Disadvantages of Cloud Computing
Cloud computing has benefited many enterprises by reducing costs and enabling a focus on one’s core business competence, rather than IT and infrastructure issues. Despite the general hype on the subject across the IT world, there can be disadvantages to cloud computing, especially in smaller operations.
What is the disadvantage of cloud computing?
Downtime is often cited as one of the biggest disadvantages of cloud computing. Cloud computing is internet-based, if the internet is unavailable the system will also be unavailable. An outage on Amazon Web Services in 2017 cost publicly traded companies up to $150 million dollars. Unfortunately, no organization is immune, especially when critical business processes cannot afford to be interrupted.
Solution for minimizing planned downtime in a cloud environment
-Design services with high availability and disaster recovery in mind. Leverage the multi-availability zones provided by cloud vendors.
-If your services have a low tolerance for failure, consider multi-region deployments with automated failover to ensure the best business continuity possible.
-Define and implement a disaster recovery plan in line with your business objectives that provide the lowest possible recovery time.
2. Security and privacy
Although cloud service providers implement the best security standards and industry certifications, storing data and important files on external service providers always opens up risks. Any discussion involving data must address security and privacy, especially when it comes to managing sensitive data.
Solution for minimizing security and privacy risks
-Understand the shared responsibility model of your cloud provider. You will still be liable for what occurs within your network and in your product.
-Implement security at every level of your deployment.
-Take a risk-based approach to secure assets used in the cloud and extend security to the devices.
3. Vulnerability to attack
In cloud computing, every component is online, which exposes potential vulnerabilities. Even the best teams suffer severe attacks and security breaches from time to time. Since cloud computing is built as a public service, it’s easy to run before you learn to walk. After all, no one at a cloud vendor checks your administration skills before granting you an account.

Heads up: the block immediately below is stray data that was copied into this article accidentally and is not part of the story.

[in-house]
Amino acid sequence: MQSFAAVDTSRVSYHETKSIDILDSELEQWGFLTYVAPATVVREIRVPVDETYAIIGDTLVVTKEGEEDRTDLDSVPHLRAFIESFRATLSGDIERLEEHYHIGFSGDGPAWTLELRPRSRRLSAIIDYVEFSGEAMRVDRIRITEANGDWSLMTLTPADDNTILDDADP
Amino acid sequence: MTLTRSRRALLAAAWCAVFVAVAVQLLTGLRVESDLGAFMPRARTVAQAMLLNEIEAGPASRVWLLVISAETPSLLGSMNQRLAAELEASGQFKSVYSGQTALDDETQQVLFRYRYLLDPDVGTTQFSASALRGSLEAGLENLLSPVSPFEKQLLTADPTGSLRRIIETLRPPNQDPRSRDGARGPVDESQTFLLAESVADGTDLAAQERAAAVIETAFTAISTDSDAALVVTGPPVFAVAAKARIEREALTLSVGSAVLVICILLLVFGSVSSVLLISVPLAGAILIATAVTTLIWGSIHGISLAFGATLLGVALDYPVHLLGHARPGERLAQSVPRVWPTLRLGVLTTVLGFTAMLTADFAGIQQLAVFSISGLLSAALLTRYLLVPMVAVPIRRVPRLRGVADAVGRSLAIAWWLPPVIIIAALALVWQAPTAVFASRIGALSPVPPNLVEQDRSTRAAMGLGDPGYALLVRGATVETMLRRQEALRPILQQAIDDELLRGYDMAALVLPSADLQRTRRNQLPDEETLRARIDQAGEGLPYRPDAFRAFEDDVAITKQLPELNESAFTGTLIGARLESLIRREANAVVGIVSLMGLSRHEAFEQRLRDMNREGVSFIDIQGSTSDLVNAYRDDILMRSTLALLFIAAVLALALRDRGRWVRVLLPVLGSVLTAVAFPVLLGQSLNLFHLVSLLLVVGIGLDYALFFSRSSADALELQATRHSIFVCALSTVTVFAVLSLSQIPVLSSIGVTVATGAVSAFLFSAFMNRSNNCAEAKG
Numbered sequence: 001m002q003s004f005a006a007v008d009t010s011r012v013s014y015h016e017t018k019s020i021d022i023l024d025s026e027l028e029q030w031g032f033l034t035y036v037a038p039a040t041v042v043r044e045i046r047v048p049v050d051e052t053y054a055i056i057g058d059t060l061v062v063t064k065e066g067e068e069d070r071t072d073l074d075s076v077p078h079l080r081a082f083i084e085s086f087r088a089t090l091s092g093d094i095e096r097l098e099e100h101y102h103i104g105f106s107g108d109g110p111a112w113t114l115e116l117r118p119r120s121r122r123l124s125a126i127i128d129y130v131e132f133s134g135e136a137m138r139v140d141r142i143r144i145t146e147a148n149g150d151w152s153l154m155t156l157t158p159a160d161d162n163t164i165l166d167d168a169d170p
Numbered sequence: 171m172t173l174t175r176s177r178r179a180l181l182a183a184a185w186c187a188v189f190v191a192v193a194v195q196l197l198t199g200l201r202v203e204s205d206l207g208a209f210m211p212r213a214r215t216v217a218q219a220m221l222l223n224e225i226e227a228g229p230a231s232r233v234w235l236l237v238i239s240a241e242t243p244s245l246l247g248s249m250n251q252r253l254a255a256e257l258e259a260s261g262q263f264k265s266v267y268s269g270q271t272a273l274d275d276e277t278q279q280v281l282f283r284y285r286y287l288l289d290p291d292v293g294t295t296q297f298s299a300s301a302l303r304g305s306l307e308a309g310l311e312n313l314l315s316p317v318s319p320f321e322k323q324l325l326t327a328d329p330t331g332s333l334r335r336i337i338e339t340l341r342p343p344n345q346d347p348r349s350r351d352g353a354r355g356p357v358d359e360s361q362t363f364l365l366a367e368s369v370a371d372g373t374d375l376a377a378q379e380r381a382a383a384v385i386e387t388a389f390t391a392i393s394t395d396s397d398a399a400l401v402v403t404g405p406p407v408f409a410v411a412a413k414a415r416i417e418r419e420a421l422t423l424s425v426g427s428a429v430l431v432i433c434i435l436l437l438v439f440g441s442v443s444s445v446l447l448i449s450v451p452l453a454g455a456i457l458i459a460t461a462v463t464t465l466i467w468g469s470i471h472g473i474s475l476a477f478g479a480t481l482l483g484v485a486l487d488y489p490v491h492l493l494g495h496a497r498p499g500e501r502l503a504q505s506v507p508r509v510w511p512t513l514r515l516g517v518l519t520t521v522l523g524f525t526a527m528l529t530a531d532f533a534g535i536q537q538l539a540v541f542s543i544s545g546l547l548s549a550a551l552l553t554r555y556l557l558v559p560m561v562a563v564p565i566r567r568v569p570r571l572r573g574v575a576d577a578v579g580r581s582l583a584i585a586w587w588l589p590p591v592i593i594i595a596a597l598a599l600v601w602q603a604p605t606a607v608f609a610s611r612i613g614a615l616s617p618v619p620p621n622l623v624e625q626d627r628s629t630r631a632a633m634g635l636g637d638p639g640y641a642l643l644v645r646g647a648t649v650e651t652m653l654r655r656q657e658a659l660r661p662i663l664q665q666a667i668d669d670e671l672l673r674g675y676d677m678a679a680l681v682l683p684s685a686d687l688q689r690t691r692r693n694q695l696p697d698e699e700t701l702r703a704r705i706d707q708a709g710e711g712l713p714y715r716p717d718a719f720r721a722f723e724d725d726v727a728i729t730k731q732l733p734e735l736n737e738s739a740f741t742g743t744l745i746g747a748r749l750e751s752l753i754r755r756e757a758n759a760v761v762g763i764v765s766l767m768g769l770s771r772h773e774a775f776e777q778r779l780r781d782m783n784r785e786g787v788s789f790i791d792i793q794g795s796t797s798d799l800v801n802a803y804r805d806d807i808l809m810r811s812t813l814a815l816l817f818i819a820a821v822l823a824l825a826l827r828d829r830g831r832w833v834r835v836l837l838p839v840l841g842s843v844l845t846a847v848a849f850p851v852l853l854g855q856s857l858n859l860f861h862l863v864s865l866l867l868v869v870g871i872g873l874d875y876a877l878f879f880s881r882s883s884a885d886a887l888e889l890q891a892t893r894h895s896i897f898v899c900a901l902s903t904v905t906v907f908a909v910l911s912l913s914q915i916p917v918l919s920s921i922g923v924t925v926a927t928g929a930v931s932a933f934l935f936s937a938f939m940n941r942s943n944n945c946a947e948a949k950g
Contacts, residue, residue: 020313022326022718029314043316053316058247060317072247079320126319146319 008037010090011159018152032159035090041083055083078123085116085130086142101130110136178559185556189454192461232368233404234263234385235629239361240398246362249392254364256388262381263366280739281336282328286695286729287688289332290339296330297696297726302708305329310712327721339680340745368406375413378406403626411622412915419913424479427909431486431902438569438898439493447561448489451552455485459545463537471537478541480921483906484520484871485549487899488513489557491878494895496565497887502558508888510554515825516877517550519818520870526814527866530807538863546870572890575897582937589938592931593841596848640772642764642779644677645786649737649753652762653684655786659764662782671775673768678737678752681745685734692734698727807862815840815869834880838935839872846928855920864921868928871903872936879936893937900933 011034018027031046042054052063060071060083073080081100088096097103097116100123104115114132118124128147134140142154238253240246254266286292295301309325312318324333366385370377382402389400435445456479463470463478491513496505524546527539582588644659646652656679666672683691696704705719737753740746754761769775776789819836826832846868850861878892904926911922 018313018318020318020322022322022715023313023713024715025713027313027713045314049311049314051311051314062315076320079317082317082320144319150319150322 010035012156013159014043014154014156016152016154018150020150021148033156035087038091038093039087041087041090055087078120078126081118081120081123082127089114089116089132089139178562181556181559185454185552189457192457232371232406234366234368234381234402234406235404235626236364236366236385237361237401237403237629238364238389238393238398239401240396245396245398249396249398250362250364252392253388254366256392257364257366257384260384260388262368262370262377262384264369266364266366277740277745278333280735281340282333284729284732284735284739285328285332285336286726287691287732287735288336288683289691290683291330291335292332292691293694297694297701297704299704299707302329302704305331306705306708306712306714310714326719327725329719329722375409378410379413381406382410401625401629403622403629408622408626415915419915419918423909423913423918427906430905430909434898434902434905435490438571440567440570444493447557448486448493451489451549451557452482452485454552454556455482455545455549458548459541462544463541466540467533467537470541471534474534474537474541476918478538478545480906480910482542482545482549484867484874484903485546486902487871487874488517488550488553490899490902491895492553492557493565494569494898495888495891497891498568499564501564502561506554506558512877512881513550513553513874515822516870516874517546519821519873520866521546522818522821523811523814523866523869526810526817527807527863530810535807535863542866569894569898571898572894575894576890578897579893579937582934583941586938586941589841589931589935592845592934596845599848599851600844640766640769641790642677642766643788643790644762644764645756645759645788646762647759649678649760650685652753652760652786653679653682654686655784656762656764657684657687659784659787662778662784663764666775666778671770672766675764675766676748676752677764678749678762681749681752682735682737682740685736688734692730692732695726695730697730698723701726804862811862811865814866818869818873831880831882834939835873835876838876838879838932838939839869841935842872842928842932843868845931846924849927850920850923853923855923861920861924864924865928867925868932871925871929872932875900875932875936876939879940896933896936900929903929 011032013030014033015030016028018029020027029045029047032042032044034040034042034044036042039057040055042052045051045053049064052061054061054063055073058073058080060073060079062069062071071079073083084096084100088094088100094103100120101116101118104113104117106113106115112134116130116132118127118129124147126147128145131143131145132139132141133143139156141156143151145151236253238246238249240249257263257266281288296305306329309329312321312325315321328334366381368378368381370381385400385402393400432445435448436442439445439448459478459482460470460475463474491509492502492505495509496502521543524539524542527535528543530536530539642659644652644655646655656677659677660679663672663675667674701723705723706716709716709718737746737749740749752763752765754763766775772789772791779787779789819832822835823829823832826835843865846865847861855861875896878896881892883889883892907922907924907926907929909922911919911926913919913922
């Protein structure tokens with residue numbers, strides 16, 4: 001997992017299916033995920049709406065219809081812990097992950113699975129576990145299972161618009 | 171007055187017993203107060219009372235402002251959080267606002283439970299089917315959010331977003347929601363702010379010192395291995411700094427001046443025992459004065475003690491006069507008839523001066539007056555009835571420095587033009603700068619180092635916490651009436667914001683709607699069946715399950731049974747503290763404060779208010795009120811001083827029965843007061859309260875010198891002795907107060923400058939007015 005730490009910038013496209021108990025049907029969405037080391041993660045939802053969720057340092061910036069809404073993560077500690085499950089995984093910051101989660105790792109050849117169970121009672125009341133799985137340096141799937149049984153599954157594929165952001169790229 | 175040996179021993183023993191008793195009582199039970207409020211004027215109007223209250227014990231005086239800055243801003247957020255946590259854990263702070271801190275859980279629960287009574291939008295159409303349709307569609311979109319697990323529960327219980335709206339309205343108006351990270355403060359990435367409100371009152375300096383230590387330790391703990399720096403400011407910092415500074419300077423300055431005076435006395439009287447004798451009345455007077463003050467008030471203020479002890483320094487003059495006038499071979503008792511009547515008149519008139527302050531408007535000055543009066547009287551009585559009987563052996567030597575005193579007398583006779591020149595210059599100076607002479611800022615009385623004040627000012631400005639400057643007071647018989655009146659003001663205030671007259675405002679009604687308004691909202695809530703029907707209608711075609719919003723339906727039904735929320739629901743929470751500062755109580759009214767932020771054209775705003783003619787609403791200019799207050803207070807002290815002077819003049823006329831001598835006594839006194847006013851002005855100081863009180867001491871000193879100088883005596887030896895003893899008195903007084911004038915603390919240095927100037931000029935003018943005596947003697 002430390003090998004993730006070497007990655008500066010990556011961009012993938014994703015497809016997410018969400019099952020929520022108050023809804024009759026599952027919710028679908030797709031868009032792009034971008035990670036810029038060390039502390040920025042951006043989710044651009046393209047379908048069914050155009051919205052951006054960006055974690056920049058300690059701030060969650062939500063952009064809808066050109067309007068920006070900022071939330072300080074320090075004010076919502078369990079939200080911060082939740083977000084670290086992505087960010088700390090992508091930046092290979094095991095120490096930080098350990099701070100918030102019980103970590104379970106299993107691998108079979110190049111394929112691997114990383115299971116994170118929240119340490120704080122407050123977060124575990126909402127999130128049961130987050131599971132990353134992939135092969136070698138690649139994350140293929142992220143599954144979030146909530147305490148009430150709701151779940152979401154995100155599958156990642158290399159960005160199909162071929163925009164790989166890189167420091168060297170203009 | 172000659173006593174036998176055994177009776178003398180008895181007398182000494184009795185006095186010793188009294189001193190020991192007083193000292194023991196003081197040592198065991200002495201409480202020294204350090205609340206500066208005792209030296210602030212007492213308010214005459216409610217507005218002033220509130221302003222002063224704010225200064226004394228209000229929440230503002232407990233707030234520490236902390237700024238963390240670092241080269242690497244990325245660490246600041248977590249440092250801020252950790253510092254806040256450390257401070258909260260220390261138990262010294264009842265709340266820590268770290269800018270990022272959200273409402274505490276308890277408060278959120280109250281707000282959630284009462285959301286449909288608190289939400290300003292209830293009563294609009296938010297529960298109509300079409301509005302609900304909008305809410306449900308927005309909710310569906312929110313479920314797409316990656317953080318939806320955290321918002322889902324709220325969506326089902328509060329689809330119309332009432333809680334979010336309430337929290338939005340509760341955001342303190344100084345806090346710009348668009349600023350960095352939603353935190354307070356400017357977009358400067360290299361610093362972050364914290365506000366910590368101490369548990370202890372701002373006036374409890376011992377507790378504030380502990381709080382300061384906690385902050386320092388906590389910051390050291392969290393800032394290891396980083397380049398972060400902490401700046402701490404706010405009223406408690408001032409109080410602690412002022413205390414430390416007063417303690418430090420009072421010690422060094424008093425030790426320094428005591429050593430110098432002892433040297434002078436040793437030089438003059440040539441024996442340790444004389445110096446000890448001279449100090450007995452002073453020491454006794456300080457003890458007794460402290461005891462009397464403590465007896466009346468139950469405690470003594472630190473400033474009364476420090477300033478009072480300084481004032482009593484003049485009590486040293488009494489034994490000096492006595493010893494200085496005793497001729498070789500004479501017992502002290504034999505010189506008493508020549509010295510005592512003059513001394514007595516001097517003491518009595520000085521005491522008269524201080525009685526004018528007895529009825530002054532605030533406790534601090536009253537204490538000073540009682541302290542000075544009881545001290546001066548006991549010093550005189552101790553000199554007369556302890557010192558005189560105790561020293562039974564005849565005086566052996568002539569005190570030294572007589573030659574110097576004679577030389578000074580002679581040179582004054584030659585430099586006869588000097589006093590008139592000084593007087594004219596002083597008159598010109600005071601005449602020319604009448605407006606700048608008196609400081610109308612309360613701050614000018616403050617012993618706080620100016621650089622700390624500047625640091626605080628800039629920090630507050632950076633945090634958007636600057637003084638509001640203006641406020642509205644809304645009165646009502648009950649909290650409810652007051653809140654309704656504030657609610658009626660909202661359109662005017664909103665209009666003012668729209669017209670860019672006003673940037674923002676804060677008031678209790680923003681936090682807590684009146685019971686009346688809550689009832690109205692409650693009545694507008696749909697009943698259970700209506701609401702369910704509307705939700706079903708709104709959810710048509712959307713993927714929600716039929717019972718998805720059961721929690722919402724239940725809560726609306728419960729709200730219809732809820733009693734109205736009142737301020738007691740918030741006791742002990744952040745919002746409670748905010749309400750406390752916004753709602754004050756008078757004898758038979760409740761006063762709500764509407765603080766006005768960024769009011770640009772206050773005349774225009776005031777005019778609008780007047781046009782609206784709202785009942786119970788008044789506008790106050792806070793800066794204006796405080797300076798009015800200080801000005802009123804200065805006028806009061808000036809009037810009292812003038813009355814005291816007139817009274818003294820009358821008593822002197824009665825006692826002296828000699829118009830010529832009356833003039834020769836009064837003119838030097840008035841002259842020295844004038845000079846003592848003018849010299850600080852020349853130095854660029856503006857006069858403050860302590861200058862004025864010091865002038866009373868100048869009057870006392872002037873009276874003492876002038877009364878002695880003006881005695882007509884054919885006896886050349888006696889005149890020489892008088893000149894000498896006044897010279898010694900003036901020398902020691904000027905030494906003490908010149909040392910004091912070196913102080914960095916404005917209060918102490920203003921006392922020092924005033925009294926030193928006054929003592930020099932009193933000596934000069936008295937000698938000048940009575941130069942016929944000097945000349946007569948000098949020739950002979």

The solution to helping you reduce cloud attacks
-Make security a core aspect of all IT operations.
-Keep ALL your teams up-to-date with cloud security best practices.
-Ensure security policies and procedures are regularly checked and reviewed.
4. Limited control and flexibility
Cloud users may find they have less control over the function and execution of services within a cloud-hosted infrastructure. A cloud provider’s end-user license agreement (EULA) and management policies might impose limits on what customers can do with their deployments.
Solution for maintaining control and flexibility
-Consider using a cloud provider partner to help with implementing, running, and supporting cloud services.
-Understand your responsibilities and the responsibilities of the cloud vendor in the shared responsibility model to reduce the chance of omission or error.
-Make sure you understand the SLA concerning the infrastructure and services you’re going to use and how that will impact your agreements with your customers.
5. Vendor lock-in
Vendor lock-in is another perceived disadvantage of cloud computing. Easy switching between cloud services is a service that hasn’t yet completely evolved, and organizations may find it difficult to migrate their services from one vendor to another.
The solution to decreasing dependency
-Properly understanding what your vendors are selling to help avoid lock-in challenges.
-Build-in flexibility as a matter of strategy when designing applications to ensure portability now and in the future.
-Build your applications with services that offer cloud-first advantages, such as modularity and portability of microservices and code.
6. Cost concerns
Adopting cloud solutions on a small scale and for short-term projects can be perceived as being expensive. However, the most significant cloud computing benefit is in terms of IT cost savings. Pay-as-you-go cloud services can provide more flexibility and lower hardware costs, but the overall price tag could end up being higher than you expected.
A solution to reduce costs
-Try not to over-provision your services, but rather look into using auto-scaling services.
-Ensure you have the option to scale DOWN as well as UP.
-Automate the process to start/stop your instances to save money when they are not being used.
Many organizations are using cloud computing nowadays. However, as with any infrastructure service, the suitability of cloud computing for your specific use case should be assessed in a risk-based evaluation.
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